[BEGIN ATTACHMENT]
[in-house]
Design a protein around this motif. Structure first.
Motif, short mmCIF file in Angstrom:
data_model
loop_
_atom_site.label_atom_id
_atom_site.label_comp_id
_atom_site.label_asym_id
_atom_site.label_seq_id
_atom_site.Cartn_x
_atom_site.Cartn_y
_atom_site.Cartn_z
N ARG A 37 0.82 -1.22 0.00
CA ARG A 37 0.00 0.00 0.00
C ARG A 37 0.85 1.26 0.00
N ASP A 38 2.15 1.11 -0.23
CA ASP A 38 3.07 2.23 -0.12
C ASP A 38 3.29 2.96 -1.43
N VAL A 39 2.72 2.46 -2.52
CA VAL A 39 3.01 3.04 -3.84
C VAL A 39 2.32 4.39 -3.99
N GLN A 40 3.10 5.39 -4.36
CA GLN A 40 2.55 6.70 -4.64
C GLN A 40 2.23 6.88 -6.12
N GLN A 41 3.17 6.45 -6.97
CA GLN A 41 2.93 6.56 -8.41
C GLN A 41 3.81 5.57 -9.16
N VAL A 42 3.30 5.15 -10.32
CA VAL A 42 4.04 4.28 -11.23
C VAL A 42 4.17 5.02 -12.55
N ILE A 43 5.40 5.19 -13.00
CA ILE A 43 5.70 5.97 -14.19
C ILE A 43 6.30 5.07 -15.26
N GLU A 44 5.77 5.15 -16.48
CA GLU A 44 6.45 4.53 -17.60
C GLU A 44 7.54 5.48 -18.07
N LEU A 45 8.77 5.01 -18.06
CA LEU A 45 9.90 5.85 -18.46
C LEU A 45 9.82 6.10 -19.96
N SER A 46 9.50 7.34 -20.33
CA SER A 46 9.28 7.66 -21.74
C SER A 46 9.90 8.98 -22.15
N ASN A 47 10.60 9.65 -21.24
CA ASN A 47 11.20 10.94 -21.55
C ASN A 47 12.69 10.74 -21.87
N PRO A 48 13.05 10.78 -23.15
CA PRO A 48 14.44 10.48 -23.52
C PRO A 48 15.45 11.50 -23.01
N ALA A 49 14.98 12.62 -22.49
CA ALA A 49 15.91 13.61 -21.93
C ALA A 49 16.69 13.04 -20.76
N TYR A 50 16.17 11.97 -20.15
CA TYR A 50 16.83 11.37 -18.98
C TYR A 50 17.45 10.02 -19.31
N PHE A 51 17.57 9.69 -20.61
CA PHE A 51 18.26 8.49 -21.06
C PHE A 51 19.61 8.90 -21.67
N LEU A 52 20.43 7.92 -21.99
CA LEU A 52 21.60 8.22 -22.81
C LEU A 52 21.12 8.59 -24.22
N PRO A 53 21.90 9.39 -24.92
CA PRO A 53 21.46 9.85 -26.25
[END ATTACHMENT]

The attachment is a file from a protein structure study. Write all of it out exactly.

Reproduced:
[in-house]
Design a protein around this motif. Structure first.
Motif, short mmCIF file in Angstrom:
data_model
loop_
_atom_site.label_atom_id
_atom_site.label_comp_id
_atom_site.label_asym_id
_atom_site.label_seq_id
_atom_site.Cartn_x
_atom_site.Cartn_y
_atom_site.Cartn_z
N ARG A 37 0.82 -1.22 0.00
CA ARG A 37 0.00 0.00 0.00
C ARG A 37 0.85 1.26 0.00
N ASP A 38 2.15 1.11 -0.23
CA ASP A 38 3.07 2.23 -0.12
C ASP A 38 3.29 2.96 -1.43
N VAL A 39 2.72 2.46 -2.52
CA VAL A 39 3.01 3.04 -3.84
C VAL A 39 2.32 4.39 -3.99
N GLN A 40 3.10 5.39 -4.36
CA GLN A 40 2.55 6.70 -4.64
C GLN A 40 2.23 6.88 -6.12
N GLN A 41 3.17 6.45 -6.97
CA GLN A 41 2.93 6.56 -8.41
C GLN A 41 3.81 5.57 -9.16
N VAL A 42 3.30 5.15 -10.32
CA VAL A 42 4.04 4.28 -11.23
C VAL A 42 4.17 5.02 -12.55
N ILE A 43 5.40 5.19 -13.00
CA ILE A 43 5.70 5.97 -14.19
C ILE A 43 6.30 5.07 -15.26
N GLU A 44 5.77 5.15 -16.48
CA GLU A 44 6.45 4.53 -17.60
C GLU A 44 7.54 5.48 -18.07
N LEU A 45 8.77 5.01 -18.06
CA LEU A 45 9.90 5.85 -18.46
C LEU A 45 9.82 6.10 -19.96
N SER A 46 9.50 7.34 -20.33
CA SER A 46 9.28 7.66 -21.74
C SER A 46 9.90 8.98 -22.15
N ASN A 47 10.60 9.65 -21.24
CA ASN A 47 11.20 10.94 -21.55
C ASN A 47 12.69 10.74 -21.87
N PRO A 48 13.05 10.78 -23.15
CA PRO A 48 14.44 10.48 -23.52
C PRO A 48 15.45 11.50 -23.01
N ALA A 49 14.98 12.62 -22.49
CA ALA A 49 15.91 13.61 -21.93
C ALA A 49 16.69 13.04 -20.76
N TYR A 50 16.17 11.97 -20.15
CA TYR A 50 16.83 11.37 -18.98
C TYR A 50 17.45 10.02 -19.31
N PHE A 51 17.57 9.69 -20.61
CA PHE A 51 18.26 8.49 -21.06
C PHE A 51 19.61 8.90 -21.67
N LEU A 52 20.43 7.92 -21.99
CA LEU A 52 21.60 8.22 -22.81
C LEU A 52 21.12 8.59 -24.22
N PRO A 53 21.90 9.39 -24.92
CA PRO A 53 21.46 9.85 -26.25